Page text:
Vividly annotating one of the most haunting images of the Vietnam War, that of dozens of South Vietnamese struggling to climb the steps to a rooftop helicopter as Saigon fell, Rory Kennedy’s “Last Days in Vietnam” combines astonishing footage from April 1975 with the contemporary recollections of some who were there. That the pool of interviewees consists largely of guilt-ridden former U.S. military officials makes sense given the documentary’s commission by American Experience Films; the Vietnamese experience isn’t much reflected here. To the extent that one can accept such limitations, “Last Days” makes a worthy addition to the historical record.
Kennedy’s film focuses the bulk of its attention on the taut 24-hour period that saw the evacuation from Saigon of thousands of U.S. and South Vietnamese military personnel, along with a small number of civilians. Alas, the docu’s accomplished summary of tension-filled events as they transpired from minute to minute comes at the expense of wide-angle historical context, the sort that could help explain the tragic delay of evacuation efforts in terms of Americans’ collective unwillingness to accept defeat for nearly the first time.
As it stands, “Last Days” locates the core of stubborn American pride in the figure of the late Graham Martin, who served as U.S. ambassador to South Vietnam from 1973, the year of the Paris Peace Accords. Martin, whose complex character could easily occupy a documentary by itself, refused for months to admit that Saigon would likely fall to the fast-encroaching North Vietnamese Army, declining until the 11th hour to prepare for the safe transport of those who remained in the city.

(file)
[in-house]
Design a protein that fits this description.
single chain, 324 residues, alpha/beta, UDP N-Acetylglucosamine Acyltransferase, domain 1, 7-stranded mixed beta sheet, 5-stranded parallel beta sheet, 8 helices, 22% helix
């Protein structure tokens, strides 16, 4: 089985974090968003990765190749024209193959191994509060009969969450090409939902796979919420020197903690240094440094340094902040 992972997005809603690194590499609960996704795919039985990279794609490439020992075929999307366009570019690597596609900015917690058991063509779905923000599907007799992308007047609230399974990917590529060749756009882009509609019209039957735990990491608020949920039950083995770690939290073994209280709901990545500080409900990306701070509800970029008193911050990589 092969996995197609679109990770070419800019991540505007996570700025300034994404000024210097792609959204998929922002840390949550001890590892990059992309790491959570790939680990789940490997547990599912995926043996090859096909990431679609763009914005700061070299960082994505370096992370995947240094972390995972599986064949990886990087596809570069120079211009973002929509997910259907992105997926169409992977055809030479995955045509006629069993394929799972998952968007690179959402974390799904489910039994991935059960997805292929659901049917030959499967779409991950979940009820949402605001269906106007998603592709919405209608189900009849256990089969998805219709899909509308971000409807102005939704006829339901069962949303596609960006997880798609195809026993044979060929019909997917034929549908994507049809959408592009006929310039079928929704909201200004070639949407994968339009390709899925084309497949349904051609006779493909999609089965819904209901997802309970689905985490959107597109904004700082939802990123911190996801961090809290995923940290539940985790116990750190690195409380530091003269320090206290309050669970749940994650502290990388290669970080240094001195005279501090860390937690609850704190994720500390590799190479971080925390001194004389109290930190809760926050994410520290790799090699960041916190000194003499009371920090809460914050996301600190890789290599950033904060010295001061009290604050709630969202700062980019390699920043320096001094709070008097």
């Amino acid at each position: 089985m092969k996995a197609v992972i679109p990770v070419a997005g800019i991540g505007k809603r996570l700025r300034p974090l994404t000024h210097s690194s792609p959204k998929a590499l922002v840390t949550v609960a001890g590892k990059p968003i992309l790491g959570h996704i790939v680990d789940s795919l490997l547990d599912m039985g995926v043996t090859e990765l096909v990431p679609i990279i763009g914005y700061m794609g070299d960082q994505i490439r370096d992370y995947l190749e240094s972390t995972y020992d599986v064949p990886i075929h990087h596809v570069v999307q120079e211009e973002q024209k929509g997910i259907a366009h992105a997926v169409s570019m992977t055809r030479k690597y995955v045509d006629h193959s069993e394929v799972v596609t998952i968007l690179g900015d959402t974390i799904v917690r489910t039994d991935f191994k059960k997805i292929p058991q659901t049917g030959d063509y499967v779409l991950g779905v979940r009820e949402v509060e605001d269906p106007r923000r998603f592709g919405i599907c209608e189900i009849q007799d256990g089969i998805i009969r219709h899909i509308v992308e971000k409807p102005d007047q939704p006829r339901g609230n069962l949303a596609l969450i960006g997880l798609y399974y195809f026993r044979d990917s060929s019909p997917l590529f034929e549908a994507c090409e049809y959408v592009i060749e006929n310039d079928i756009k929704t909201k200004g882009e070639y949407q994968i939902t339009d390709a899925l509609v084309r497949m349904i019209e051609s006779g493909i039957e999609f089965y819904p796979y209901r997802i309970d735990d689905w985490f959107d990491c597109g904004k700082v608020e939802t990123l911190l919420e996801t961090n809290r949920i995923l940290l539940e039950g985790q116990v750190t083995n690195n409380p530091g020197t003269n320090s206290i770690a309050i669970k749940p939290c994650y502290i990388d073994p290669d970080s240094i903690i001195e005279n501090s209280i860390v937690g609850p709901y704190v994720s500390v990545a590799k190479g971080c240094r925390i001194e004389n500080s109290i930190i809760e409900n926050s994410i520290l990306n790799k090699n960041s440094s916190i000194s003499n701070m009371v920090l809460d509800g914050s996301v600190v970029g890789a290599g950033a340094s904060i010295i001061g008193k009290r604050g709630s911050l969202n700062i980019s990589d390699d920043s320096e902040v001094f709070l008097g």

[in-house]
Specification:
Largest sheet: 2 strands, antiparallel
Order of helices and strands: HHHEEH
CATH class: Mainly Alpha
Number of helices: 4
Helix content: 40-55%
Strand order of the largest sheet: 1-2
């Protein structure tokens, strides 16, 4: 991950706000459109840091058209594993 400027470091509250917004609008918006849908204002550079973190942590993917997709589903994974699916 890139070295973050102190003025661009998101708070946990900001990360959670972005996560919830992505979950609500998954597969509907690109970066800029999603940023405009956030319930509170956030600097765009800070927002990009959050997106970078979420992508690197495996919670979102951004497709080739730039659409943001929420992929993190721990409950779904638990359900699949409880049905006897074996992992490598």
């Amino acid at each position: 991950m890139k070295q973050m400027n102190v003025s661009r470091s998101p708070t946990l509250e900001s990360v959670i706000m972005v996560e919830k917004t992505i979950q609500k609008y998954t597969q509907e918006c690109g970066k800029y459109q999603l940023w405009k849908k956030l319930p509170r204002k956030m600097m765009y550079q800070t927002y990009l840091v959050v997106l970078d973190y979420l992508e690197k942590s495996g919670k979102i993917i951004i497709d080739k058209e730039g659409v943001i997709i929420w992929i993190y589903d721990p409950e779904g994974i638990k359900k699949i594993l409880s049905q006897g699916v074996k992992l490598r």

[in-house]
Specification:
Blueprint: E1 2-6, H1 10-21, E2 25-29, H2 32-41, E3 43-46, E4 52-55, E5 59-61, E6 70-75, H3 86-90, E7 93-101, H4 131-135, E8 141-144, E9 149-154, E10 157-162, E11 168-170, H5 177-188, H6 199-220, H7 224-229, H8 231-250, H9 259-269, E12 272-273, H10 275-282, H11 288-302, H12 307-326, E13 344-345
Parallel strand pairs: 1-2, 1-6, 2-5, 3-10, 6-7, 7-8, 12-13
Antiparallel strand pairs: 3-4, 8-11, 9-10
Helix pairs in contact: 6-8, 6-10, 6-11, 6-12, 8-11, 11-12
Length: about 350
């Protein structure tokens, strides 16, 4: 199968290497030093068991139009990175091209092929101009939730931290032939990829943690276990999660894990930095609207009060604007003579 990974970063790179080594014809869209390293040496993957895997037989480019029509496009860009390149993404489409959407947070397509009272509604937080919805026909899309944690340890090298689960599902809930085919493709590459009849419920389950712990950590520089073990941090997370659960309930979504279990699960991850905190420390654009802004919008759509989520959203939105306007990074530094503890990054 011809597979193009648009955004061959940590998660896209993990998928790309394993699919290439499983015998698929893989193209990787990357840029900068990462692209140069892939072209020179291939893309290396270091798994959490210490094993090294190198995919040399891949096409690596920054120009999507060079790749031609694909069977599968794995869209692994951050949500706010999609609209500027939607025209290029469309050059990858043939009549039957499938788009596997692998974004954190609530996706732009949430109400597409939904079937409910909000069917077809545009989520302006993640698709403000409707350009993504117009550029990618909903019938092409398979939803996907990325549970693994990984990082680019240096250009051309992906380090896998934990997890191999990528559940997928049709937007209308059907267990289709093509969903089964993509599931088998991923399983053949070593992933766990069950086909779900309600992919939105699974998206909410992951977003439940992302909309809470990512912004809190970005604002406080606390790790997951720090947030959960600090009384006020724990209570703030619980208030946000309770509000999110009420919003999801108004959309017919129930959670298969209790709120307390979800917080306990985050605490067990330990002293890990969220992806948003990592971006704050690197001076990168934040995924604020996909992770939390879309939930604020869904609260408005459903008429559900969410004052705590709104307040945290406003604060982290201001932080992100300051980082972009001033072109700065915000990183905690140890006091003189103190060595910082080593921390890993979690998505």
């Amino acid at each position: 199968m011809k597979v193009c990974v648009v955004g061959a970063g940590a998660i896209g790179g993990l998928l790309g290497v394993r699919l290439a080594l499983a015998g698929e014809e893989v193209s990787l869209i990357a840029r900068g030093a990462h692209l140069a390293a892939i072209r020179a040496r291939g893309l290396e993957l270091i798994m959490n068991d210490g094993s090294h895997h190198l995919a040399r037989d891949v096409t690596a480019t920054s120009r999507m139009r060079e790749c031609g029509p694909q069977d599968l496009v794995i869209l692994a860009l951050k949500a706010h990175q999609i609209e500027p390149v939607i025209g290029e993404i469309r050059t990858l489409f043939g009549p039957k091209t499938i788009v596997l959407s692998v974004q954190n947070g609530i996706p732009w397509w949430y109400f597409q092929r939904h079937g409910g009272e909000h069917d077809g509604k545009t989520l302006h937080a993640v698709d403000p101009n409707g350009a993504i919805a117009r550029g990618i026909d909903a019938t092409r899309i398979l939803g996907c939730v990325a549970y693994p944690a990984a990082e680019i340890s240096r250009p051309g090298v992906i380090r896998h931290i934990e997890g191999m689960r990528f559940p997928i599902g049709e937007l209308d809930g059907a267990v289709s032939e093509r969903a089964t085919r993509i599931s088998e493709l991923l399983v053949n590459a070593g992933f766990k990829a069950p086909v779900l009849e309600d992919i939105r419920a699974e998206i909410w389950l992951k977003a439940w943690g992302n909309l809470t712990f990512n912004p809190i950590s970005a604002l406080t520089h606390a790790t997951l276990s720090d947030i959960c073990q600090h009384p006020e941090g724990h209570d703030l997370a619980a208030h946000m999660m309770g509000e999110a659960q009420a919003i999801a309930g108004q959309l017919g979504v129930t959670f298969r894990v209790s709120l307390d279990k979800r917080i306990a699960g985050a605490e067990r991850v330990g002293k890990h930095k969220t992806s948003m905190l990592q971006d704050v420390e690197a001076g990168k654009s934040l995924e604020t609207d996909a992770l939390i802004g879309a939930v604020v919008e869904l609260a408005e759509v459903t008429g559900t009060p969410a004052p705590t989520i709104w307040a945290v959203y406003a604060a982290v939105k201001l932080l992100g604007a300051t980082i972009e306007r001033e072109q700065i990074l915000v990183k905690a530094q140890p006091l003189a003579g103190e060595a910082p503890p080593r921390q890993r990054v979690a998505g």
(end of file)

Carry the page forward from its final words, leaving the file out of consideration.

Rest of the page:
Thus it was left to U.S. Army Capt. Stuart Herrington, the film’s principal talking head, to organize the clandestine evacuation of as many South Vietnamese Army members as possible under the circumstances. Another evidently courageous figure interviewed in the documentary is former Dept. of Defense official Richard Armitage, who conspired with South Vietnamese Navy Capt. Kiem Do to ship some 30,000 refugees out of the country. (The total number of refugees in South Vietnam was close to a million, many of whom, as an end title card explains, were detained or executed.)
South Vietnamese interviewees are limited to four, including one refugee, while no one oncamera describes the impact of U.S. anti-war protests upon events, including the congressional decision to cut off aid to the South Vietnamese army. Former secretary of state Henry Kissinger dances around the relevant issues in an apparently prepared statement; Herrington, despite the difficult position he was in, admits his “betrayal” of the South Vietnamese who remained in Vietnam after the final helicopters took flight.
Editor Don Kleszy expertly weaves interview material together with harrowing archival footage, much of it showing the desperation of Saigon citizens. Doug Whitney’s digital animation of maps indelibly illustrates the surge of the North Vietnamese to the south; music by Gary Lionelli enhances the film’s emotional quality. All other tech credits are superb.